Monday, October 26th, 2015...5:22 pm

Demons, dames, and devices

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Those of us who process dance music in the Ward Collection sometimes feel like we are running our own version of Big Data. John M. Ward donated to Houghton a significant collection of music used for social dance, from the Tudor era right up through the Vietnam War. The Strauss family was a particular favorite of his, and lately we have been up to our ears in waltzes, polkas, and schottisches. We are currently focused on Johann Sr. and Jr., and Eduard, and have begun to notice some interesting trends moving from father to son to younger brother. I’ll start with DEMONS, in honor of Halloween.

TS 552.15.14.65.77 title page

TS 552.15.14.65.77 title page



Tobias Haslinger, the publisher who printed Johann Strauss Sr.’s music from the beginning, knew a good thing when he saw it. Dance music provided the Haslinger firm with a continuous, dependable stream of profit, and Tobias ensured that these publications employed the very best graphics to tempt the buying public. I’ve blogged before about some of my favorite examples of clever printing, and the title of Die Dämonen consists of ingenious demonic forms twisting and interacting to create the letters themselves.

TS 552.15.14.65.77 detail

TS 552.15.14.65.77 detail

(Click on the detail to enlarge: just don’t look too carefully at what some of those demons are up to …) First performed in the Sperl ballroom on 23 November 1842, and published in 1843, Johann Sr. was taking advantage of a Satanism craze which had swept Austria (Nestroy’s Die Papiere des Teufels was also premiered in November of 1842) and as he had with the Rebus Waltzes, he hit gold. The Demon Waltzes were so popular that they had to be repeated several times at that first performance.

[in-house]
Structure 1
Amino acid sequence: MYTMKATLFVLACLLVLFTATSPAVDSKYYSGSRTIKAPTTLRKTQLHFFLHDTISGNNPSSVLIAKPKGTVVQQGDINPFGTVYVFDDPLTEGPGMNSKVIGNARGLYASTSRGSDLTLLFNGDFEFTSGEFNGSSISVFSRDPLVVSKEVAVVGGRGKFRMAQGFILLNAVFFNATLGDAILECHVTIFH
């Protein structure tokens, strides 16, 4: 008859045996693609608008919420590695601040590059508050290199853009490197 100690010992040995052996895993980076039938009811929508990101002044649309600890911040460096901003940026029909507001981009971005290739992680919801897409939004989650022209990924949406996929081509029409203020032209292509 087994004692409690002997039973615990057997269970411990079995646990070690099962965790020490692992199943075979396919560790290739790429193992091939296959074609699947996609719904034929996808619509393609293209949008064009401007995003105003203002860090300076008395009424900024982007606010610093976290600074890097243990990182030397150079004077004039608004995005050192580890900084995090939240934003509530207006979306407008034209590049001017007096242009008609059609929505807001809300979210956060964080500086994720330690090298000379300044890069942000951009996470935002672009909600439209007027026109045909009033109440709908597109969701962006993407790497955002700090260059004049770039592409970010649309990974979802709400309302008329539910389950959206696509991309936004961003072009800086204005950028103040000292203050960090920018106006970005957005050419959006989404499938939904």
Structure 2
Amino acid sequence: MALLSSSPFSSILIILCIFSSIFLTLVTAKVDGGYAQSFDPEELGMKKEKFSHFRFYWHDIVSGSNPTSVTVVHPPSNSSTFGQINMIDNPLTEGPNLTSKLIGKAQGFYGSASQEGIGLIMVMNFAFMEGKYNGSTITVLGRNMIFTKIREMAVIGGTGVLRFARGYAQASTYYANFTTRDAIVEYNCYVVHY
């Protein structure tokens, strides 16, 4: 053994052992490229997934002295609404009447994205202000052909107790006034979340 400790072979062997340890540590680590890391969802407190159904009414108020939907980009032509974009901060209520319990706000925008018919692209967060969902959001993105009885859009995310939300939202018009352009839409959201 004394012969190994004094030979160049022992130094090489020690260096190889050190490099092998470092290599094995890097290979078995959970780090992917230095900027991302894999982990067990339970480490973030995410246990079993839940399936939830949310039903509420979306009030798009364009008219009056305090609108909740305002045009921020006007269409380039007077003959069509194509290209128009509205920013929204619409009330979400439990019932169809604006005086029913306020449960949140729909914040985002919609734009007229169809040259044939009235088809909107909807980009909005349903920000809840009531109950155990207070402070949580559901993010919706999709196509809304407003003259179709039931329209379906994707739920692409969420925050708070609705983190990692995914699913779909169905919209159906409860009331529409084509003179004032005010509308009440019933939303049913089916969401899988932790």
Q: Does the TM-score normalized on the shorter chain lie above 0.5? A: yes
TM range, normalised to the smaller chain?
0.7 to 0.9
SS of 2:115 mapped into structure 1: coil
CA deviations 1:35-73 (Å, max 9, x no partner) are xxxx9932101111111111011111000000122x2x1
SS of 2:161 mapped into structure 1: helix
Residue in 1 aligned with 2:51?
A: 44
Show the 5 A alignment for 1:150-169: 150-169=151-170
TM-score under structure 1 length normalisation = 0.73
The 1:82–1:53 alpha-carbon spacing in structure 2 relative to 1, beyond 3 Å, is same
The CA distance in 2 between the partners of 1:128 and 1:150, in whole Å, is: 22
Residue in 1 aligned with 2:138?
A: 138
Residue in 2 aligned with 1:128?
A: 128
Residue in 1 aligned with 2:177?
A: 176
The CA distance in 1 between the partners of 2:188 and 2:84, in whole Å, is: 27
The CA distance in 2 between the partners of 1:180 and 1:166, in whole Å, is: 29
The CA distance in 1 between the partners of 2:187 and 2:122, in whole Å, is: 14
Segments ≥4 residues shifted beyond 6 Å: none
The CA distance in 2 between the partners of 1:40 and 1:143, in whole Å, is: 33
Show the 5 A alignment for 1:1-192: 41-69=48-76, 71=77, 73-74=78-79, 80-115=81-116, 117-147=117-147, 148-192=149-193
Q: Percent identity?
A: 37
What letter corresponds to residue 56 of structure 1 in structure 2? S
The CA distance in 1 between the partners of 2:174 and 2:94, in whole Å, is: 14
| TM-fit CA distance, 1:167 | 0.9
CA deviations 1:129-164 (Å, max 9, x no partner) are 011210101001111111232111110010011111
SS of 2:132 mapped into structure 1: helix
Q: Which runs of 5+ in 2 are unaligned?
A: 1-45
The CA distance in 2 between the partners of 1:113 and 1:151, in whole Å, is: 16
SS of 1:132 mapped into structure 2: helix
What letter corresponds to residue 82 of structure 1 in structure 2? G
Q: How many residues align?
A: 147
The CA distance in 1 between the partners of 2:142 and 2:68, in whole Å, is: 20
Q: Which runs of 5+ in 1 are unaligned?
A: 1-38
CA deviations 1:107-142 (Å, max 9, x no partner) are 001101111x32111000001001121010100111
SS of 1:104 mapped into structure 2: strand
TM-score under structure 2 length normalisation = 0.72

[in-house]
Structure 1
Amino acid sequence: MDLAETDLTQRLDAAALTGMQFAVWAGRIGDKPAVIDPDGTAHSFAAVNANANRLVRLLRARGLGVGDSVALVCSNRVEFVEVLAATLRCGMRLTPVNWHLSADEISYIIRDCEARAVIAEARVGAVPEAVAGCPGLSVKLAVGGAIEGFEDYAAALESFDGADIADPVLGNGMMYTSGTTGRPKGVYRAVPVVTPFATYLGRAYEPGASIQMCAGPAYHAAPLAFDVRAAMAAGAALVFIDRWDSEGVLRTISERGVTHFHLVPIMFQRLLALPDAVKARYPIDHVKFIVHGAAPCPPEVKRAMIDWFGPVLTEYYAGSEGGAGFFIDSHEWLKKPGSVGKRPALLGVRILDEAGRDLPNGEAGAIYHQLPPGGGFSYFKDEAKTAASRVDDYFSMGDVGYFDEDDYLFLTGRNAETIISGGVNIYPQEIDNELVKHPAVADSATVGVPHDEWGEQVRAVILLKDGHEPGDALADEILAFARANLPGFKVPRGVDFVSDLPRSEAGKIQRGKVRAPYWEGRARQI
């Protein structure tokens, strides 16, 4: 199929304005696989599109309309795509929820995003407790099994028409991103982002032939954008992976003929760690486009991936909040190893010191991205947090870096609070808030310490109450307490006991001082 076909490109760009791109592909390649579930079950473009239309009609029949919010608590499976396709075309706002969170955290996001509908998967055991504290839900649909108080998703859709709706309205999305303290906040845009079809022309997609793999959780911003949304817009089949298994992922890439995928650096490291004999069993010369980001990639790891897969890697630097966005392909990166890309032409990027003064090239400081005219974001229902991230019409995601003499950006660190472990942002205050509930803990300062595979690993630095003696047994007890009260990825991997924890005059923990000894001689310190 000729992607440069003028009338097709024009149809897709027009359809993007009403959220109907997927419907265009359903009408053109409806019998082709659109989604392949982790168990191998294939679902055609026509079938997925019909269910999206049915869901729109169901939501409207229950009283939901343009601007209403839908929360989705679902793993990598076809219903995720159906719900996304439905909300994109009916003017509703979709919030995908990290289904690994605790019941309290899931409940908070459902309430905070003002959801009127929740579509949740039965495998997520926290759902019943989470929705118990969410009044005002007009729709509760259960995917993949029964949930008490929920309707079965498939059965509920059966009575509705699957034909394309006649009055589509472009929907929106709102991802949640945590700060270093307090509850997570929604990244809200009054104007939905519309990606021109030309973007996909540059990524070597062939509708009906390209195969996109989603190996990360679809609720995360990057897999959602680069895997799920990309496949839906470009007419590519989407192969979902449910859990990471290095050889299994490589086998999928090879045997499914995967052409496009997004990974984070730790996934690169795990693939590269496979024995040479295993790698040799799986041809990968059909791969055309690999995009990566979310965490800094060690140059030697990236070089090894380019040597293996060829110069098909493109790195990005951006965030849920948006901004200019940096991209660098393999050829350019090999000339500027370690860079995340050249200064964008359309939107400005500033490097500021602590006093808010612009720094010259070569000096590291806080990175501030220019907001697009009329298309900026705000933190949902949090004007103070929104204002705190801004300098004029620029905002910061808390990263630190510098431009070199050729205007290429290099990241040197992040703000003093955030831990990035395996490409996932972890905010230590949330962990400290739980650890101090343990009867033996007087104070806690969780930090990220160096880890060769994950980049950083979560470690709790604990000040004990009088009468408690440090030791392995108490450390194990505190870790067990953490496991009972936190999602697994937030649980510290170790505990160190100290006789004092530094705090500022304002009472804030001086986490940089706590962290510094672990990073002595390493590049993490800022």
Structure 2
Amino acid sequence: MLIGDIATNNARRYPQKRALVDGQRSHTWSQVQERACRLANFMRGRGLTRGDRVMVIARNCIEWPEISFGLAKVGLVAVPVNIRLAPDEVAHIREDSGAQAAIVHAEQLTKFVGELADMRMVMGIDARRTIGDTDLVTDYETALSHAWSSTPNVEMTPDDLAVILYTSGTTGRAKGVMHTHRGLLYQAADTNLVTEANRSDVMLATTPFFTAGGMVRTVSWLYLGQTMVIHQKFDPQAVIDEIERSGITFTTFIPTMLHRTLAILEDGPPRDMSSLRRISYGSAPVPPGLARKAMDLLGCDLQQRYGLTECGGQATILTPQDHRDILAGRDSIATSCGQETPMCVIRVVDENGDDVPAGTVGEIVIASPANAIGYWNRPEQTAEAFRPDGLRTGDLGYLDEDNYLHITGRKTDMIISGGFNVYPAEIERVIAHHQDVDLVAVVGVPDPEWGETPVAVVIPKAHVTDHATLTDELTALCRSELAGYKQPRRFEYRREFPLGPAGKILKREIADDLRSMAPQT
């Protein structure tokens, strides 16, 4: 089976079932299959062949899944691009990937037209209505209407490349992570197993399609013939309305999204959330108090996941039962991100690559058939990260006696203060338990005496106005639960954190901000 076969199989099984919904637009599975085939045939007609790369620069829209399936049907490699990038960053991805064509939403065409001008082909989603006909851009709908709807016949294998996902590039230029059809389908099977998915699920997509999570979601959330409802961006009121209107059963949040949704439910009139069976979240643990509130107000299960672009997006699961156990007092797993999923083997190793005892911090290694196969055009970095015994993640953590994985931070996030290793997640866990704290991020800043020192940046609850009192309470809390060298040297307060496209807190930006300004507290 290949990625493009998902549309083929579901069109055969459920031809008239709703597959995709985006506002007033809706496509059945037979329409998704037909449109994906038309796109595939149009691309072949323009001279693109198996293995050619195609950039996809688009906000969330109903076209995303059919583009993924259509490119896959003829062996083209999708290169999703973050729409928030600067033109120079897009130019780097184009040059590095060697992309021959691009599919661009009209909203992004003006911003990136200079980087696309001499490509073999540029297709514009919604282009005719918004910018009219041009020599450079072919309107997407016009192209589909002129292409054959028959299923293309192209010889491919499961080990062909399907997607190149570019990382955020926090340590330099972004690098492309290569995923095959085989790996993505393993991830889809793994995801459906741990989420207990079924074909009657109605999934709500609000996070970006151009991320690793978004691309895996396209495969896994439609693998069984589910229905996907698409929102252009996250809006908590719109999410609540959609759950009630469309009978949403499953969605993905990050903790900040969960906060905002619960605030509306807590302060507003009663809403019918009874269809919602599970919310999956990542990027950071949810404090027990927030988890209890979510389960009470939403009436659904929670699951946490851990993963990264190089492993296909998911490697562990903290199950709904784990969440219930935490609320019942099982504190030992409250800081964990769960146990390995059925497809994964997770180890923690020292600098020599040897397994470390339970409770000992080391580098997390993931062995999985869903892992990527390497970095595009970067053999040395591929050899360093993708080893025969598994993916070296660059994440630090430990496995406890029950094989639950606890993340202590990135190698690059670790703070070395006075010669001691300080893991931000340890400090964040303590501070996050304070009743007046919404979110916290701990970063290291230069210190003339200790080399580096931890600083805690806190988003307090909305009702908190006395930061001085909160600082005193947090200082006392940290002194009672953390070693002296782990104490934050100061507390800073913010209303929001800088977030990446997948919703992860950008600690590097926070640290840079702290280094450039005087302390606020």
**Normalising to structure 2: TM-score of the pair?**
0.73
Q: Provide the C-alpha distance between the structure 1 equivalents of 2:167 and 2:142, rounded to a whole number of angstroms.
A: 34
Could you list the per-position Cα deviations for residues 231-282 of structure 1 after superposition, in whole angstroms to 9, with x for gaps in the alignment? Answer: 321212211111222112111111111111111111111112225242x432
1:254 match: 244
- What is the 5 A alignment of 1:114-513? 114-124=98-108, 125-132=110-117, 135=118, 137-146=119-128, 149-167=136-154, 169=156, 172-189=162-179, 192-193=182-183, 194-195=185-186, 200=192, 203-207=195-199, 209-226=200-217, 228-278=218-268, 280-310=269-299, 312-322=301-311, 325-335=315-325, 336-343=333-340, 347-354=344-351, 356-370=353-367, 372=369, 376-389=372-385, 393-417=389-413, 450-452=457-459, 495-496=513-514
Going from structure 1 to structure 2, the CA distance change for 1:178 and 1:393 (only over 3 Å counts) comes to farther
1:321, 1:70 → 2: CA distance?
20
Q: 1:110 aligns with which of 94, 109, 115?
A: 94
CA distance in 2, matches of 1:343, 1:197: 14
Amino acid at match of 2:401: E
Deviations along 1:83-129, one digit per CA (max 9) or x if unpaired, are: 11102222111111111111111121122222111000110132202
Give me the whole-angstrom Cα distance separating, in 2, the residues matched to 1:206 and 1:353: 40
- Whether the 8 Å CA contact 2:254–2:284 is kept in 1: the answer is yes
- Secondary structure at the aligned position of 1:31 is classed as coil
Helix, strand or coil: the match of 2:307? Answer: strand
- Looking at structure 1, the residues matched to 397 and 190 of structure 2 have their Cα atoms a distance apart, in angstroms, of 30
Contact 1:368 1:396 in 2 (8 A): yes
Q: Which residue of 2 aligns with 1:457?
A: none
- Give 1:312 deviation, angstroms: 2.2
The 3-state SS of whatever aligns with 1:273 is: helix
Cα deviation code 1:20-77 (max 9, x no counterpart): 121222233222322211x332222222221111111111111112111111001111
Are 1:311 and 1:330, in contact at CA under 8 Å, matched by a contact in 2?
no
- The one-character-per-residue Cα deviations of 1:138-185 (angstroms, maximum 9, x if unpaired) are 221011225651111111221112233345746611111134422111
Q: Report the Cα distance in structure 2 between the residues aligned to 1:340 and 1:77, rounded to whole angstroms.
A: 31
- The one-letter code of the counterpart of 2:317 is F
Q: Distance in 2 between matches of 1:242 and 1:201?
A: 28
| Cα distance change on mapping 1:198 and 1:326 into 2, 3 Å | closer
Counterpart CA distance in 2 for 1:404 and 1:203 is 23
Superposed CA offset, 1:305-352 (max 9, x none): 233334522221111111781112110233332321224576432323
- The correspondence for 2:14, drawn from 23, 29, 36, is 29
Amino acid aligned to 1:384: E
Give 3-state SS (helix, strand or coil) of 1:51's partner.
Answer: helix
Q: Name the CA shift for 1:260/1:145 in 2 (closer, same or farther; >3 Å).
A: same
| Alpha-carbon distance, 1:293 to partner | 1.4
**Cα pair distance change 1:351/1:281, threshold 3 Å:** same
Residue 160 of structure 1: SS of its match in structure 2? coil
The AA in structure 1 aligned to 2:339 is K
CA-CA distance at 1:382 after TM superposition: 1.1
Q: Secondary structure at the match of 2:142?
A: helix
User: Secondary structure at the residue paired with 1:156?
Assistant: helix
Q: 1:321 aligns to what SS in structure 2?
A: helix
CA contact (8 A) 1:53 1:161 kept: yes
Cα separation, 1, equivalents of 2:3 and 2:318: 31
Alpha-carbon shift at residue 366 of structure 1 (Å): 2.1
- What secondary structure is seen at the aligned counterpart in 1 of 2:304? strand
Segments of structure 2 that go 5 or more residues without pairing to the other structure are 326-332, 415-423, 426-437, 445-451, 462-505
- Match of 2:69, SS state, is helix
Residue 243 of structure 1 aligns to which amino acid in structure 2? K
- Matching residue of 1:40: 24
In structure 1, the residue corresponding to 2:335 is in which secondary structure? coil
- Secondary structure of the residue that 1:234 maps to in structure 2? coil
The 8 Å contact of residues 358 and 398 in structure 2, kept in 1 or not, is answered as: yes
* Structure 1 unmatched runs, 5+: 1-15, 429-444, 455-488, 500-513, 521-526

TS 552.15.14.66.16 (B) title page

TS 552.15.14.66.16 (B) title page

Johann Strauss Jr. went just a bit farther with his Diabolin-Polka. First performed at the Vienna Volksgarten on the afternoon of 25 November 1860, and printed in July of 1861, Jr. may have been referencing his 1853 Satanella-Polka, as on this cover we have a she-devil in a dirndl yet, dancing on Satan’s back and surrounded by a demonic orchestra. Lithographed by August Grube, the cover style has changed significantly from that of 1842 to show a complex illustration rather than the smaller central vignettes of Sr.’s earlier engraved covers. More and more, they comprise a central illustration with marginal illustrative commentary: in this case, demons around the central illustration are playing instruments to accompany this dancing miss. Tobias Haslinger died in 1842, and his son Carl is now at the helm of the firm. Carl’s business acumen was equal to that of his father’s, and he released this polka in several issues with different-colored covers, including the sepia seen below.

TS 552.15.14.66.41 title page detail

TS 552.15.14.66.41 title page detail

TS 552.15.14.66.16 (A) title page

TS 552.15.14.66.16 (A) title page

By the time Eduard came around with his Teufels-Quadrille (on themes from Suppé’s Der Teufel auf Erden) first performed 29 January and printed in February 1878, the illustrative commentary around the central illustration comprises a fascinating set of Celtic images, with the occasional demon cat thrown in. (I think this cat is holding the signature of the artist.) By now, Carl Anton Spina is publishing Eduard’s work, and using a different lithographer in Eberle & Schipek. And just what fad spawned these Celtic images? Why were demons such a popular theme (these are not the only imprints illustrating the satanic)?

Sheet Music 14 title page

Sheet Music 14 title page

Sheet Music 14 tp detail

Stay tuned for our next Ward Big Data Release, DAMES.
[Thanks to Andrea Cawelti, Ward Music Cataloger, for contributing this post.]

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